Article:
Chairman Cole Hearing Remarks on Fiscal Responsibility Act

As prepared for delivery:

Good afternoon. Today we are considering a single item, H.R. 3746, the Fiscal Responsibility Act.

This bill is the culmination of bipartisan negotiations between President Biden and Speaker McCarthy to responsibly raise the debt ceiling while enacting significant spending cuts and reforms.

For months, despite repeated requests from Speaker McCarthy, President Biden, and Congressional Democrats refused to negotiate with House Republicans, insisting on nothing less than a clean debt limit hike.

But while the President dithered, House Republicans acted. Last month, we passed the Limit, Save, Grow Act, a bill that responsibly coupled a lift in the debt ceiling with needed fiscal reforms. Indeed, we are the only ones in Washington who acted to address this looming problem. No House Democrat voted for this bill, and unsurprisingly, the Senate has yet to vote on any bill to lift the debt ceiling.

But despite the long delays caused by President Biden and Senate Democrats, we have finally reached an agreement.  Today’s bill is a product of compromise—and reflects the realities of a divided government. We shouldn’t allow that to overshadow what this bill accomplishes. As I’ve often said, in a true negotiation, you always get less than you want and give up more than you’d like. But with passage of the Fiscal Responsibility Act, we will responsibly lift the debt ceiling and avoid a default that would devastate the American economy.

And we will achieve real reductions in spending while doing so. Indeed, this is the most consequential spending reduction bill in more than a decade. We are cutting spending year over year and will be spending less in fiscal year 2024 than we are in fiscal year 2023. That has never happened before in combination with legislation on the debt ceiling. We accomplished this while giving an appropriate increase to defense spending and without cutting money for veterans.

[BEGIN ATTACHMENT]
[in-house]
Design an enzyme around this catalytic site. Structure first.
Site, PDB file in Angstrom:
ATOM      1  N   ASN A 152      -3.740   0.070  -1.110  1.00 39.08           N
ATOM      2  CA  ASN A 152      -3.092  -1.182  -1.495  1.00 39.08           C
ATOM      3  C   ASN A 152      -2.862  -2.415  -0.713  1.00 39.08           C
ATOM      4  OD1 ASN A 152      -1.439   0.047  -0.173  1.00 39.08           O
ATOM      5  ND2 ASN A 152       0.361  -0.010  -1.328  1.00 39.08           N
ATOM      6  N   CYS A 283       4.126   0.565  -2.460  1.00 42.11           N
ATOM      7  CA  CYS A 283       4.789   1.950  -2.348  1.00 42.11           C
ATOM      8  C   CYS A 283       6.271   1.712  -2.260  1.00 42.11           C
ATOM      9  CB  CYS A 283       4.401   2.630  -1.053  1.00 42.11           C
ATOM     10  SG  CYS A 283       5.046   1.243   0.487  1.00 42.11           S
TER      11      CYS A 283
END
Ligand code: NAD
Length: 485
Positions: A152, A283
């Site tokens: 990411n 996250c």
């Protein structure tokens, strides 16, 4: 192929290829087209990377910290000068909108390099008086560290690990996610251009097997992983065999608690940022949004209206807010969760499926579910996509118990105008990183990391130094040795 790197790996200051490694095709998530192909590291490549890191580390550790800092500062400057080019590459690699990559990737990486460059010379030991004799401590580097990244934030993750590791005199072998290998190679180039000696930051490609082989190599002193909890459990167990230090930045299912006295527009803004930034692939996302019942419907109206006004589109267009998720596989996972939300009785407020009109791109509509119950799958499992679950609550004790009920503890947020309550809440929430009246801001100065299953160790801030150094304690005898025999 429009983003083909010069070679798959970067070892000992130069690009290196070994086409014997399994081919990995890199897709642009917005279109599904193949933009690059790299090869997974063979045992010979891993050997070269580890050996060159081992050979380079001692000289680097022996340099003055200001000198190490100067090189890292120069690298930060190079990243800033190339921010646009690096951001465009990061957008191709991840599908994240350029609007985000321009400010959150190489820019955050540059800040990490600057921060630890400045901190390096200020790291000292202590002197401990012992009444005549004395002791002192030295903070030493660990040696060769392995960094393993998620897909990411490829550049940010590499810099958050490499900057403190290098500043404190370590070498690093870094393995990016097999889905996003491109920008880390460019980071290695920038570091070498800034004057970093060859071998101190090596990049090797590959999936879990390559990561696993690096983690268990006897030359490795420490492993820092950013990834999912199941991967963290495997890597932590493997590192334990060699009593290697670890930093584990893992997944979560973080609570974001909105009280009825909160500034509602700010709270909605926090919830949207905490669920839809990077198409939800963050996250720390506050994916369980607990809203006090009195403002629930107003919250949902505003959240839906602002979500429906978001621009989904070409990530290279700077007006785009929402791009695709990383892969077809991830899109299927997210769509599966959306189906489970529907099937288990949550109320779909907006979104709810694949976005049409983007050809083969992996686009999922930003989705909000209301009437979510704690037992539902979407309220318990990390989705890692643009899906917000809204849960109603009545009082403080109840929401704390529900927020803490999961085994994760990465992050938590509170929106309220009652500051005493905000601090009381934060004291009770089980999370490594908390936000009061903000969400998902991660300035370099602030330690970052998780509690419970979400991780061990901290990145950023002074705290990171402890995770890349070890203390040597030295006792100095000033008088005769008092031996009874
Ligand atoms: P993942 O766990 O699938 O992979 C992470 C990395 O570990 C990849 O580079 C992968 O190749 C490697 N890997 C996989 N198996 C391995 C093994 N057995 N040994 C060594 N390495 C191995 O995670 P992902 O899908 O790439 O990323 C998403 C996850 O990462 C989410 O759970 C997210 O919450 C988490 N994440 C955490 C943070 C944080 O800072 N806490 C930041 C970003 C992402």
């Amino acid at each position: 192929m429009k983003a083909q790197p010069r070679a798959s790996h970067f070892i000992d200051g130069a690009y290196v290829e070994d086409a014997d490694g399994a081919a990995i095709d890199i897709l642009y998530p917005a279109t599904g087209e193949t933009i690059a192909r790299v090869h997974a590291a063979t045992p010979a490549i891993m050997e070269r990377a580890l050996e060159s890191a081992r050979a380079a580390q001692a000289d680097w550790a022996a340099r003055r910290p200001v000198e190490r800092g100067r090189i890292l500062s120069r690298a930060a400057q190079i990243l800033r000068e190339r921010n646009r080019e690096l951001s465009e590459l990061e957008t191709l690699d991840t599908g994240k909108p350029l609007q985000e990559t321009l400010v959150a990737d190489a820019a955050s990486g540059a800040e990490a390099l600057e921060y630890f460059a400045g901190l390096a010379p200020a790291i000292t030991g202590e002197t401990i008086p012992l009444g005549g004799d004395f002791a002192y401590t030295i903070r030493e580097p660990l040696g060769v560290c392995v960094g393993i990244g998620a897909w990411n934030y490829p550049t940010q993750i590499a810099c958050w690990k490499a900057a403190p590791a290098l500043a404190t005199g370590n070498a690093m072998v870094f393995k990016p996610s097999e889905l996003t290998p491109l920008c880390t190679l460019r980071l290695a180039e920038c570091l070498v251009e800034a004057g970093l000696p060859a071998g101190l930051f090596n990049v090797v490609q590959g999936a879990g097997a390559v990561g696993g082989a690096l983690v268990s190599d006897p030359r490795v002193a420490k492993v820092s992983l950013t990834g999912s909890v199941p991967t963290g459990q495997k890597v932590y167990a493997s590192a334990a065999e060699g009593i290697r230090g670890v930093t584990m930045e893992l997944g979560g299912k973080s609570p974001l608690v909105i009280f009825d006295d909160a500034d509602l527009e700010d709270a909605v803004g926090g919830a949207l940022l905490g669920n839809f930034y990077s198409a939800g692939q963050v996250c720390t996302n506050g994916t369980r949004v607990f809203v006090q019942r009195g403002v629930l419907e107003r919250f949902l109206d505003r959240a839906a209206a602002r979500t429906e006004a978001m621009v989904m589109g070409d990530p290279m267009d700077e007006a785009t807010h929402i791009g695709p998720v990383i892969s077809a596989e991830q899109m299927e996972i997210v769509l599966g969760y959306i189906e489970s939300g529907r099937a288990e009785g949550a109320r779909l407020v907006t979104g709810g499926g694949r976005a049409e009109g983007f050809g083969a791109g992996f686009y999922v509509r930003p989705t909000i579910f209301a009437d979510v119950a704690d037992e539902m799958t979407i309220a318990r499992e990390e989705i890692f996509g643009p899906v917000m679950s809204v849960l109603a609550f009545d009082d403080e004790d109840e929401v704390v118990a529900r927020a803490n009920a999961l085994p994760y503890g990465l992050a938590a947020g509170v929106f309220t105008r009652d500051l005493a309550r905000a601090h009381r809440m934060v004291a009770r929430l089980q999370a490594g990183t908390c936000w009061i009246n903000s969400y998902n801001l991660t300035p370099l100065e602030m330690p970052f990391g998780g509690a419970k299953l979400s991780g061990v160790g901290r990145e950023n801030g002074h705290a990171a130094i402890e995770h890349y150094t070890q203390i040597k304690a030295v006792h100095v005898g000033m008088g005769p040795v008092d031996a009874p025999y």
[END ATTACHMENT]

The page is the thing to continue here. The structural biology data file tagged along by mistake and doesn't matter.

We will limit future spending increases to one percent annual growth for the next six years. We are clawing back $28 billion in unspent COVID pandemic relief money that is no longer needed, which is the largest rescission in history. We are cutting $1.4 billion that would have been spent on IRS agents.

Importantly, this bill also achieves real policy victories. The bill includes major reforms to work requirements for SNAP and TANF to incentivize able-bodied adults without dependents to rejoin the workforce and contribute to their communities. The bill blocks the President’s demand for $5 trillion in new taxes. And it includes real permitting reform that will speed up the approval process for infrastructure and energy projects.

I understand that many members on both sides of the aisle will be dissatisfied with this package. Some of my friends in the minority may not like cutting back spending, and some of my friends in the majority may feel this doesn’t go far enough, and there are certainly members like me who would like to spend more on defense than is provided in this bill. But that is to be expected in divided government. At the end of the day, the American people expect us all, Republicans and Democrats alike, to work together for the good of the nation. And when we take this bill to the floor, that is exactly what we will achieve.


May 30, 2023